Review of The Maths Behind by Colin Beveridge

Should you ask Santa for ‘Ice Col’ Beveridge’s encyclopedic tome this festive period?


What maths is behind The Maths Behind, I wonder?

You know what the biggest problem with The Maths Behind is? ‘Ice Col’ Colin Beveridge has basically covered every possible topic we can ever blog about on the Chalkdust website. This book explores the maths behind 57 everyday events: that’s more than a year of blog posts!

If this doesn’t strike you as a particularly large problem, then I reckon you will enjoy this book.

The first thing that strikes me about this encyclopedia of mathematical modelling is that it is very pretty. The publishers produce a lot of cookery books, and their designers have done a really rather good job of bringing these fifty-or-so topics to life. Most topics cover two to four pages, with large colourful graphics.

Stopping distances in The Maths Behind

Oh cool, stopping distances! What an interesting thing to write about.

The witty text wraps around these graphics nicely, and it’s one of the standout features of this collection. Fans of silly jokes will particularly enjoy the index:

A to B, getting from… page 7
A to X, getting from… page 151.

Colin has good stock in taking mathematics and making it accessible and entertaining. Last year he published Cracking Mathematics, and before that his Maths for Dummies series has done rather well. The podcast he has co-hosted with Dave Gale since 2013, Wrong, But Useful, perhaps has provided fertile ground to collect interesting maths applications, and to find the fun in them. I’ll let you discover what he cheekily asks Siri on page 82.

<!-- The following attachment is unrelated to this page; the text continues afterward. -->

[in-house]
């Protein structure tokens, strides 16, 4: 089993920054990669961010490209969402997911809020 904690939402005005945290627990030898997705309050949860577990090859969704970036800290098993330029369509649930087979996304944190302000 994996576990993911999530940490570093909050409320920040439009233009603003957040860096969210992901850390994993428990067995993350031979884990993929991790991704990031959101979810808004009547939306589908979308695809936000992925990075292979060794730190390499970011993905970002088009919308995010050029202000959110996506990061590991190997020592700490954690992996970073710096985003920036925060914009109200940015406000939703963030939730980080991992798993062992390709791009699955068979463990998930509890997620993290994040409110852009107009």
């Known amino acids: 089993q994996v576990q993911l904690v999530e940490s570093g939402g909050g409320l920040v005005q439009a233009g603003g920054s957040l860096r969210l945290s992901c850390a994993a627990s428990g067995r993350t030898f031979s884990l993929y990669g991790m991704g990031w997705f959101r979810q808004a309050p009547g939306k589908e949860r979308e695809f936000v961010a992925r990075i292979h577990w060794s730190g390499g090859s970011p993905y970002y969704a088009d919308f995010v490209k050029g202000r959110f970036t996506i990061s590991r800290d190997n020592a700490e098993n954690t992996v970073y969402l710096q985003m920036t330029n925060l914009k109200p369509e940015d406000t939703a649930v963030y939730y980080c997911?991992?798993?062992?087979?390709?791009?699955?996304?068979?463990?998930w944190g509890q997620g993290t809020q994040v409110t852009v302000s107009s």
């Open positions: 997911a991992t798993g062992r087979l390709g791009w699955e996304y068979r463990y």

A nice selection of topics

The book (dare I say, magnum opus) is arranged into seven themes—the human world, technology, entertainment; that sort of thing—and you are actively encouraged to dip into a topic.

I don’t know who came up with the list of topics, but it’s nice to see a book like this tackle some important and current problems, as well as some classics. Some nice graphics show the dangers of gerrymandering, and a cute use of the binomial distribution tells you it’s basically never worth voting. Ah well. Top tip, though: if you drop your toast, flip it as much as possible to offset its natural tendency to fall butter-side down.

Fourier series

Nice, circled equations feature on most pages (but what am I summing over, hmmm?)

Many of the topics have an important equation circled at the top of the page. And these are often not easy equations! I was particularly pleased to see the Péclet number—an important ratio in fluid mechanics—appear in a discussion of penguins huddling. The Black–Scholes equation—a partial differential equation modelling the price evolution of financial derivatives—also makes an appearance (although, aha, I spot a typo!). It’s quite hard to put a second order nonlinear PDE in a book like this, but Colin does a good job of explaining their meaning. The explanation of logarithms in the discussion about the technically-not-really-Richter scale I found satisfyingly succinct and clear.